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During the Global Citizen 2015 Earth Day event on the Washington Monument Grounds in Washington, DC on Saturday, Connect4Climate and Earth Day Network organized a roundtable to engage world leaders and influencers in a candid conversation on climate communication. The discussion provided new approaches to messaging and framing climate science and solutions to increase awareness and catalyze action on climate change.

Connect4Climate and Earth Day Network organized a roundtable to engage world leaders and influencers in a candid conversation on climate communication at the Global Citizen 2015 Earth Day event on the Washington Monument Grounds Saturday in Washington, DC. Photo credit: Max Thabiso Edkins

The roundtable brought together a diverse group of business and nonprofit leaders, including:

  • Bianca Alexander, creative director and host of Conscious Living TV, and moderator of the roundtable
  • Lucia Grenna, program manager at Connect4Climate at the World Bank Group
  • Denis Hayes, board chair at Earth Day Network and CEO of The Bullitt Foundation
  • Blanca Juti, chief brand officer at Rovio, the makers of Angry Birds
  • Lydia Camarillo, vice president of Southwest Voter Registration Education Project
  • Gregory Moore, executive director at NAACP National Voter Fund
  • Ahmad Ashkar, founder and CEO of the Hult Prize Foundation
  • Piers Sellers, deputy director of the Sciences and Exploration Directorate and acting director of the Earth Sciences Division at NASA
  • Don Cheadle, actor, activist and United Nations Goodwill Ambassador
  • William McDonough, chief executive of McDonough Innovation
  • Reverend Sally Bingham, founder and president of The Regeneration Project
  • Robert Wimmer, director of Energy & Environment Research Group and Technical & Regulatory Affairs at Toyota Motor North America
  • Dr. Catherine Thomasson, executive director of Physicians for Social Responsibility

The roundtable discussed the following questions:

  • How has your organization worked to reach new and broader audiences? Who is still missing from the conversation?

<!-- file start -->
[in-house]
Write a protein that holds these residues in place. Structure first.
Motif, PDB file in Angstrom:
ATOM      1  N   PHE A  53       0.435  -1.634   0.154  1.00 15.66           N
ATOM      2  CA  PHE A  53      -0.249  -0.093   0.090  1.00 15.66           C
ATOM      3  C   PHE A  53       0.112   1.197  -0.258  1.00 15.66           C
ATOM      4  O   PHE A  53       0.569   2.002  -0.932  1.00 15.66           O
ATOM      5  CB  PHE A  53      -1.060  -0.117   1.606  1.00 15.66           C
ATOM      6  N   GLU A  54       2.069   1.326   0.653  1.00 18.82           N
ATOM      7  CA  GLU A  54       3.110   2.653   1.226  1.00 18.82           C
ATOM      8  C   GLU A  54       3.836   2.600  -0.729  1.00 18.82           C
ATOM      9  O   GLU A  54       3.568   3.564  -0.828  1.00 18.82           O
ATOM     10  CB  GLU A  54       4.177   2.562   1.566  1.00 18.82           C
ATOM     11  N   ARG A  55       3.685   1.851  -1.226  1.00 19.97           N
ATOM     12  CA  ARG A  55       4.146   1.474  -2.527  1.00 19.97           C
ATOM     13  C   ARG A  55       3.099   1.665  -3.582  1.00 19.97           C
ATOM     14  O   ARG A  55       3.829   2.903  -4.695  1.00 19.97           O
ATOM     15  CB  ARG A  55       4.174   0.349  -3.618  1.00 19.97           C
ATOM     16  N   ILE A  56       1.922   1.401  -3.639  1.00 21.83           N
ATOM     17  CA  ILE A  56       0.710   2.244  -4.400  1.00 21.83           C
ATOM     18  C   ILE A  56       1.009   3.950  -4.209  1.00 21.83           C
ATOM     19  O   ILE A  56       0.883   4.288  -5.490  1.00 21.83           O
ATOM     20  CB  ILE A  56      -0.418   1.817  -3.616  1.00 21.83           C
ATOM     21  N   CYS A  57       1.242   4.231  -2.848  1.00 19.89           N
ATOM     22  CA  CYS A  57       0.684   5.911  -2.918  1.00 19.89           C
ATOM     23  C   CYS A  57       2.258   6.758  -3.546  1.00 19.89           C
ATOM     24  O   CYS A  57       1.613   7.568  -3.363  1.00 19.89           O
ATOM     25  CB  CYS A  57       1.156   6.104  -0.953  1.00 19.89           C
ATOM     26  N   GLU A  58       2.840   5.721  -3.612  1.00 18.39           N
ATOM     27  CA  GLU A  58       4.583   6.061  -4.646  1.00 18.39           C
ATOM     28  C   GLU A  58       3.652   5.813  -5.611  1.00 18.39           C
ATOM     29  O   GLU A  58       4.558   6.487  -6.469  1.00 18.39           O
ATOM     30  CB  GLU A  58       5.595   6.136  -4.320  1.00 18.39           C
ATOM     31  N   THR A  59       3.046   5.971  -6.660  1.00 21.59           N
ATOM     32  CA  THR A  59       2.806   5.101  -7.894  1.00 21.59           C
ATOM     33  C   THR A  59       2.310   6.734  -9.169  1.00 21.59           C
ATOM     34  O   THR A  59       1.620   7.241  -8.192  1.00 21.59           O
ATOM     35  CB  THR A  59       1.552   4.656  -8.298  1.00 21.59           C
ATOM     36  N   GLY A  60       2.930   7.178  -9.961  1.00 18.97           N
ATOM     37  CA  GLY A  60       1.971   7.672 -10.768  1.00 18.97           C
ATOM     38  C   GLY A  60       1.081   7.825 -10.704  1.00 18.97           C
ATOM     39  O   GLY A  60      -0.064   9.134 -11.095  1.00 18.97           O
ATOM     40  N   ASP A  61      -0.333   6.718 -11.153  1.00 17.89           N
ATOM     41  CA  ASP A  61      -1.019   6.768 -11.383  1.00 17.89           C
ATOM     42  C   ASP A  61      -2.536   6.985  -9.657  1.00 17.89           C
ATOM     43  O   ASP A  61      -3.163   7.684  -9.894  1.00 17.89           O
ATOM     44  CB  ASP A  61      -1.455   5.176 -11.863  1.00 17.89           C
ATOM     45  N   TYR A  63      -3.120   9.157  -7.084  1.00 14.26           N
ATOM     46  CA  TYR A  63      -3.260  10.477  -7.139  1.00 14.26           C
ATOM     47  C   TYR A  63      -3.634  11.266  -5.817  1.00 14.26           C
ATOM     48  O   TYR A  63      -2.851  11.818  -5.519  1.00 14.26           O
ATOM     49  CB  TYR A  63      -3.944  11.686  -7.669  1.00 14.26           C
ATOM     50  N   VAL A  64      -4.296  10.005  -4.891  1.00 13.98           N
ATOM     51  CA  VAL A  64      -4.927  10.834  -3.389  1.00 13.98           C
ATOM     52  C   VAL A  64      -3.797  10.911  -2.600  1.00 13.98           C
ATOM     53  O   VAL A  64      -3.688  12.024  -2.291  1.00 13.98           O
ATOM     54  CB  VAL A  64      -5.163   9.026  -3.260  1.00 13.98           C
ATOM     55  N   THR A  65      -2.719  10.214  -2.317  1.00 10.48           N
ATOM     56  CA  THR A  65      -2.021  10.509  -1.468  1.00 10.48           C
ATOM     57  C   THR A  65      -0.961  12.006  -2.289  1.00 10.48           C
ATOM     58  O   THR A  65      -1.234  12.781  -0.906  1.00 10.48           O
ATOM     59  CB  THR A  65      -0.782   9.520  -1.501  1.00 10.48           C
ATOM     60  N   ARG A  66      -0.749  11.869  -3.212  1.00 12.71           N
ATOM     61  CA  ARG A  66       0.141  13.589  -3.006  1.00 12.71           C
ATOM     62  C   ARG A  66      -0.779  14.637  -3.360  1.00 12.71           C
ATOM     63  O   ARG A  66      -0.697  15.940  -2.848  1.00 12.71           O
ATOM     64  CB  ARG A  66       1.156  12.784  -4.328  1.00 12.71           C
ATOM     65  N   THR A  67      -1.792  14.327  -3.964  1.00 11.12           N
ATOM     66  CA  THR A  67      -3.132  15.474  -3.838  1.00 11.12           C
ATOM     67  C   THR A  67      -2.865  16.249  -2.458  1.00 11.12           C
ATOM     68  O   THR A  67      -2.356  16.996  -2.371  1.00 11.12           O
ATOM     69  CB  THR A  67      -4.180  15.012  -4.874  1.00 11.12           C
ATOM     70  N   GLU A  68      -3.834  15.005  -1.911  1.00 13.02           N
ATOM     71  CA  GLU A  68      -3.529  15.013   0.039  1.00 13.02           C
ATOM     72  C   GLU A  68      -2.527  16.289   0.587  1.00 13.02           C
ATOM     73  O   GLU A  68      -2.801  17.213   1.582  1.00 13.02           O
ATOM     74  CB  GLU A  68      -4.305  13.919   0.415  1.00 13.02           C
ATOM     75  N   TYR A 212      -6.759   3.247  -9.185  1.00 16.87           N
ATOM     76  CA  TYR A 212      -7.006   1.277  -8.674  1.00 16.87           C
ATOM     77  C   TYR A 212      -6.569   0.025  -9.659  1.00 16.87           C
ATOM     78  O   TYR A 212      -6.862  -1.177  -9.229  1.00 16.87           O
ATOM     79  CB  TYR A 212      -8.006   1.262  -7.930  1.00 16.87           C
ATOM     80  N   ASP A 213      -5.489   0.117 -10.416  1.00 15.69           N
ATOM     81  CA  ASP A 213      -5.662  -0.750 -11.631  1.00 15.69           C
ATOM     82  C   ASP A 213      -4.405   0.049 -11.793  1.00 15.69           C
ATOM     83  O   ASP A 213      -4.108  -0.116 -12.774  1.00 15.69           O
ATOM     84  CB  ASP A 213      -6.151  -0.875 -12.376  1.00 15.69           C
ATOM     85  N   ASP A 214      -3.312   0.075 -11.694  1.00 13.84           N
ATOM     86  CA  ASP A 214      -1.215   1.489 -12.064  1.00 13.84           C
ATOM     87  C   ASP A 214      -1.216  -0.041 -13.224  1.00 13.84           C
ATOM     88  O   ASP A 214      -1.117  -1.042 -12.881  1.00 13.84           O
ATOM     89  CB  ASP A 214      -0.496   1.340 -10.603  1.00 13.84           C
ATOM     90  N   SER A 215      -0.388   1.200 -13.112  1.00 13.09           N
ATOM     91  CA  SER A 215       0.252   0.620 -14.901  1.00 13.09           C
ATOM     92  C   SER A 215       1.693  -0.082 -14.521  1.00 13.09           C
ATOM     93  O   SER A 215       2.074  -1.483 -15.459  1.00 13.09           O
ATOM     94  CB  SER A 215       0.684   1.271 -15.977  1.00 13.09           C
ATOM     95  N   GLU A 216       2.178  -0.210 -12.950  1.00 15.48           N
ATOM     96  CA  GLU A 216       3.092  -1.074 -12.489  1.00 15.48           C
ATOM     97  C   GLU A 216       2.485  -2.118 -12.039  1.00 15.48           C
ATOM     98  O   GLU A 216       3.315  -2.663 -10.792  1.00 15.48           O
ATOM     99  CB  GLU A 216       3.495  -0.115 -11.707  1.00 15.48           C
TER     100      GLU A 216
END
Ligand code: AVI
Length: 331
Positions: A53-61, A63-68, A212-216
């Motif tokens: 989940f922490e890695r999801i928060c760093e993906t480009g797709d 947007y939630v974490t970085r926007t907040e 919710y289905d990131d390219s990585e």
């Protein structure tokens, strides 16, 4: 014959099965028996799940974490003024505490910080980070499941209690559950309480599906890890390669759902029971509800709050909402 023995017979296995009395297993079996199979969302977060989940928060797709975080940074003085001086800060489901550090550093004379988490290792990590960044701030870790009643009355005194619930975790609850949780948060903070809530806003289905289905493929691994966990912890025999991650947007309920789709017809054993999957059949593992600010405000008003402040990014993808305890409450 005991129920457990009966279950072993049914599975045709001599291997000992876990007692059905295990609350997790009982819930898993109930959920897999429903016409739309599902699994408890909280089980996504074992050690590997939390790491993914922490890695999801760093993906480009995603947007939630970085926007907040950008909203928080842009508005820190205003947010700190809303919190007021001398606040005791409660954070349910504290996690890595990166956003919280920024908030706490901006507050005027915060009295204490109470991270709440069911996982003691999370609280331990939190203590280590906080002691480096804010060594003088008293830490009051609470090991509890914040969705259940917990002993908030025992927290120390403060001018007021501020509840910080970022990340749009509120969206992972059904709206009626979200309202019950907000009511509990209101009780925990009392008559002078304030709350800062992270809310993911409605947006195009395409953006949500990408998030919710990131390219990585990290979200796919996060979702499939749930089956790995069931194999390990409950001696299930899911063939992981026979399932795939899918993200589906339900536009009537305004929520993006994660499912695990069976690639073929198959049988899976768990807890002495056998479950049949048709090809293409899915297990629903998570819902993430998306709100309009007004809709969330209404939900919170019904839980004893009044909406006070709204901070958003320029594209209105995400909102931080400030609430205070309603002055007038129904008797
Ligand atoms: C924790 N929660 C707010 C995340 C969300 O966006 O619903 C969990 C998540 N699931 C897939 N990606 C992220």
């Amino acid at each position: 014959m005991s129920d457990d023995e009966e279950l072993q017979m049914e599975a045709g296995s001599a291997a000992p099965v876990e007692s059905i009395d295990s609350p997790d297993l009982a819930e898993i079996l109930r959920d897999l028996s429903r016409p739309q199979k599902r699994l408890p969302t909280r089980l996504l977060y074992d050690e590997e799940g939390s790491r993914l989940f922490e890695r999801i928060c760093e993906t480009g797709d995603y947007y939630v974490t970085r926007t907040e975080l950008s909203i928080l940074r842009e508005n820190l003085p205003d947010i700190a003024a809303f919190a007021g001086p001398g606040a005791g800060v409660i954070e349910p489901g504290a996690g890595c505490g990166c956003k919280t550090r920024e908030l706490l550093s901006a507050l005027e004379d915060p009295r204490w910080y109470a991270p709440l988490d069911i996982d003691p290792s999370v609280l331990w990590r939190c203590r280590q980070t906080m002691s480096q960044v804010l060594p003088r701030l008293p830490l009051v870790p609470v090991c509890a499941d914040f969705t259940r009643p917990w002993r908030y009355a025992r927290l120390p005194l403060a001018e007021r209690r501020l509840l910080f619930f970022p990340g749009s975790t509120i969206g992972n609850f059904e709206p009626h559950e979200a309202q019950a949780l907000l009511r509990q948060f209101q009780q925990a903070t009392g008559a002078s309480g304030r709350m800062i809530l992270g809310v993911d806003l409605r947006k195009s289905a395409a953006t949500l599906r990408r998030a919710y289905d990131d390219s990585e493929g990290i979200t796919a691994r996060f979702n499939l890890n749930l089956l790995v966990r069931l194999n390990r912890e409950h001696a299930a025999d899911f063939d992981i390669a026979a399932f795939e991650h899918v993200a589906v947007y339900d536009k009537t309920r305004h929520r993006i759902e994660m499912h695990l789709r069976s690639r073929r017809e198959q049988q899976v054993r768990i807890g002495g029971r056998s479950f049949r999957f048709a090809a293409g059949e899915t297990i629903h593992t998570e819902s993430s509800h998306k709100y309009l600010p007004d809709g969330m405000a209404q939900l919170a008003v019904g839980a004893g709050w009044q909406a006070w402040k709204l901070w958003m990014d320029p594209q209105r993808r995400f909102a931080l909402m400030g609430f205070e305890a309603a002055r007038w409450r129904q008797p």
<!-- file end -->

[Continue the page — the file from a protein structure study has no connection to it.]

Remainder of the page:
• How do we craft messaging to move people from awareness to action?
  • How can athletes, artists and celebrities and other major social influencers best activate their large followings? What are the pitfalls?
  • What is the role of social and technological innovation in communicating climate change?
  • Where are the opportunities to build leadership in the movement? How can climate communications support climate leadership development?
  • How will you and your organization sustain involvement in the movement beyond large-scale actions, such as Global Citizen 2015 Earth Day, People’s Climate March or COP 21 in Paris?
  • Moving forward from this conversation and looking towards Paris, how do you plan to advance climate action?

Lydia Camarillo of Southwest Voter Registration Education Project began the conversation talking about how their efforts have registered more than 2.6 million Latinos. But about 15 years ago her organization realized they can't just fight for civil rights but also need to fight for our planet and make sure Latinos understand the impacts that climate change has on their communities.

She said, "What difference does it make if we fight to have an empowered community if we don't have a planet."

In the discussion on crafting the climate change message, Connect4Climate's Lucia Grenna said, "The greatest revolution of social media is not that we can communicate to millions of people, but rather millions of people can communicate to us. We hear stories from around the world and understand that climate change is not a scientific issue, it's very very real and it's about walking two extra hours to get water in Somalia or the floods in Bangladesh or drought in Sub-Saharan Africa."

Rev. Bingham of The Regeneration Project shared her thoughts. "Every social movement in this country has had the backing and the foundation of religious leaders ... We have people within the faith community that are calling climate change a civil rights movement, that it is the next civil rights movement that everybody is entitled to clean air and clean water."

Don Cheadle, an award-winning actor who participated in many of the days activities, visited the Alcantara Magic Garden-Connect4Climate pavilion, which was powered 100 percent by solar energy thanks to Building Energy. It was the first solar array ever installed on DC's National Mall.

Actor Don Cheadle visits the Building Energy solar array that powered the Alcantara Magic Garden-Connect4Climate pavilion on the Washington Monument Grounds during the Earth Day festivities last weekend. Photo credit: Stefanie Spear

Actor Don Cheadle with the Connect4Climate team during his visit to the Alcantara Magic Garden-Connect4Climate pavilion on Saturday. Photo credit: Max Thabiso Edkins

"I think we are all in agreement that what we are dealing with is real and we need to make moves to address it," said Cheadle during the roundtable. "But if we can't bring everyone under the big tent, if we can't find ways to get the message out to those who are not in our camp, I think we're losing, we're missing. I'm interested in all the issues, but really I'm interested in how to communicate those issues more effectively. When we start to drill down and get out of policy and start getting into people, we start getting more nodding heads instead of folded arms."

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